Heinz College researchers show that HBO television exposure increases DVD sales for all movies — but has a much stronger impact on “Long Tail” movies than on big hits.
The technology explosion that began during the last decade continues to influence the way consumers obtain, digest and store information. The same technological shift has drastically impacted the bottom lines of digital content providers such as record labels, book publishers and production studios.
Social Networking Your Way to a New Job? New Research Suggests Social Ties Help in the Search for Employment
In a down economy, many professionals have found themselves unemployed and actively seeking new job opportunities. Much has been said recently about the power of social networks, but can relationships that occur on platforms such as Facebook, Twitter and LinkedIn benefit job seekers as they attempt to secure new positions? New research emerging from Carnegie Mellon University’s H. John Heinz III College indicates that the answer is yes.
Blogging on Company Time? CMU-Led Research Shows Long-Term Organizational Benefits when Employees Blog at Work
As social networking becomes more popular, corporations and businesses are attempting to devise effective organizational policies that guide employees through the digital domain. Conventional corporate wisdom typically prohibits or strictly governs leisure blogging and social networking while employees are on the company clock, but recent research emerging from Carnegie Mellon University suggests that this could inhibit knowledge sharing within the company, and thus have some negative impact on productivity.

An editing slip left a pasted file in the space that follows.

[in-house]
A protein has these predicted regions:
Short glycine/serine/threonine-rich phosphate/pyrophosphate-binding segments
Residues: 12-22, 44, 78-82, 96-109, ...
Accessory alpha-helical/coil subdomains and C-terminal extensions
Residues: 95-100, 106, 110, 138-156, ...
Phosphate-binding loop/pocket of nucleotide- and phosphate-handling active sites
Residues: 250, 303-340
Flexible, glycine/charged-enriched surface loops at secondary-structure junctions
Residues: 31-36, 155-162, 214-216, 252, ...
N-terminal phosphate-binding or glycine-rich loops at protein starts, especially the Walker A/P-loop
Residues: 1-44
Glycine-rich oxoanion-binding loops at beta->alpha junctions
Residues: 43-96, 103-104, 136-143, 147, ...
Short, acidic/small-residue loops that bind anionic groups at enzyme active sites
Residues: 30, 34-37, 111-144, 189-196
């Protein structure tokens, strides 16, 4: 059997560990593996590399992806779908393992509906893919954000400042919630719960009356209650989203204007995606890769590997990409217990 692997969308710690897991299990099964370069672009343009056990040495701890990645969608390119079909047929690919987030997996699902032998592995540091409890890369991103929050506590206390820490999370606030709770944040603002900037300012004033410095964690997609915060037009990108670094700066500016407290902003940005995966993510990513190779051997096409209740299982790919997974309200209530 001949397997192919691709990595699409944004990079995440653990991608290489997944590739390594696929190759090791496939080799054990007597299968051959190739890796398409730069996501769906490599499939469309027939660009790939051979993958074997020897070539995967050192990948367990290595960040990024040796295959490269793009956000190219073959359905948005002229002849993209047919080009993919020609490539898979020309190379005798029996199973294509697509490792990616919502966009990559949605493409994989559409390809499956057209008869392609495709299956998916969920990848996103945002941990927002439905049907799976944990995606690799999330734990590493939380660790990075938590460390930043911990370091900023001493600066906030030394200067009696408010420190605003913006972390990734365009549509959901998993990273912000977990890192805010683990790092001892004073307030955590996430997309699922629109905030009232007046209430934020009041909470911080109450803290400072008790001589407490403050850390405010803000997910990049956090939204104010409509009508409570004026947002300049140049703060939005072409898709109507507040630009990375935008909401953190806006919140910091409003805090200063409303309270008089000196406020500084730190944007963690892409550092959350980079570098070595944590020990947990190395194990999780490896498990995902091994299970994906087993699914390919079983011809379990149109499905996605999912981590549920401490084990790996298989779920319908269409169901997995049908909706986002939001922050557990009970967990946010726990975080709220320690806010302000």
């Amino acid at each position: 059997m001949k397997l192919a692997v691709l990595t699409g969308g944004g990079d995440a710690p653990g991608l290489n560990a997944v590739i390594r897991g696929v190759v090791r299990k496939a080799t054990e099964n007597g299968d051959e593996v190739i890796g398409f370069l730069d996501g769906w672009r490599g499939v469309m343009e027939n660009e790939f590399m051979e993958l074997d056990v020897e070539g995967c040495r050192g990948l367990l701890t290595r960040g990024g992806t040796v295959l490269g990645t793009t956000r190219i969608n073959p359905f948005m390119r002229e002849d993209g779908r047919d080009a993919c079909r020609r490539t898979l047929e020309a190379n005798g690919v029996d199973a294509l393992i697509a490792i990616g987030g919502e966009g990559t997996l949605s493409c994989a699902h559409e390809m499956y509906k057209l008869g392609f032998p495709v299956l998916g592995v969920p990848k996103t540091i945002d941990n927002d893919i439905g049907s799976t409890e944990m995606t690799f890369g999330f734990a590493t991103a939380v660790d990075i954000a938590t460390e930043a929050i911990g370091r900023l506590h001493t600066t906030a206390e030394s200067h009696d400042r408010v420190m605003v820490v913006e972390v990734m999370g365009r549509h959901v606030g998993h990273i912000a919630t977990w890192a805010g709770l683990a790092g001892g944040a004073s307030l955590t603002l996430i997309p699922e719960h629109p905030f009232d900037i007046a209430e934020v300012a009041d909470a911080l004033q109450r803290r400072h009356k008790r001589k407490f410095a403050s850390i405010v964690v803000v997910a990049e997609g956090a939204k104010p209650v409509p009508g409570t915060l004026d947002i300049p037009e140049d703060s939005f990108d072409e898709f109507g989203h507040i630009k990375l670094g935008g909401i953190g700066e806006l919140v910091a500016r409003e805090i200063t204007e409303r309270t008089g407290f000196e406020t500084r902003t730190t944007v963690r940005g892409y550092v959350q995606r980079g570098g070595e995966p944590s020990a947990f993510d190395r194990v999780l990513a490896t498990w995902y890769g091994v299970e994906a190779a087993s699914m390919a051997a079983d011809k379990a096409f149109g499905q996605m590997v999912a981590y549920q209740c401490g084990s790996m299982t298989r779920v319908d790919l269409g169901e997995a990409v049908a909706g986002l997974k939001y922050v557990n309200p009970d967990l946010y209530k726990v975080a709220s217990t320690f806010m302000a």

Carnegie Mellon University's Heinz College Partners with Singapore Management University to Create the Living Analytics Research Center
Heinz College at Carnegie Mellon University (CMU) has teamed with the School of Information Systems at Singapore Management University (SMU) to establish the Living Analytics Research Center (LARC).
Robert C. Hampshire, assistant professor of Operations Research and Public Policy at Carnegie Mellon University’s H. John Heinz III College, has won the National Science Foundation’s (NSF) prestigious CAREER Award.
The research objective of this Faculty Early Career Development (CAREER) award is to develop methods for the modeling and optimization of smart mobility services. Bike sharing programs, smart parking systems, and person-2-person car sharing are the focus of the research program. The research will contribute to the analysis of spatial nonstationary queueing networks.
The research program, which will be led by Robert Hampshire beginning in July 2011, includes empirical analysis, analytic modeling, and simulation studies of the aforementioned smart mobility services. The tangible products of this research includes software and algorithms for the management of these smart mobility services, documentation of research results, evaluation of pilot programs, issues of an operations research graphic novel, and the development of educational materials on smart mobility services.
More information about Hampshire’s CAREER Award can be found on the NSF website.
Three Carnegie Mellon Faculty Receive Endowed Chairs From Heinz Endowments and Heinz Family Foundation
Three Carnegie Mellon University faculty members – two from Heinz College – have received endowed professorships from The Heinz Endowments and the Heinz Family Philanthropies.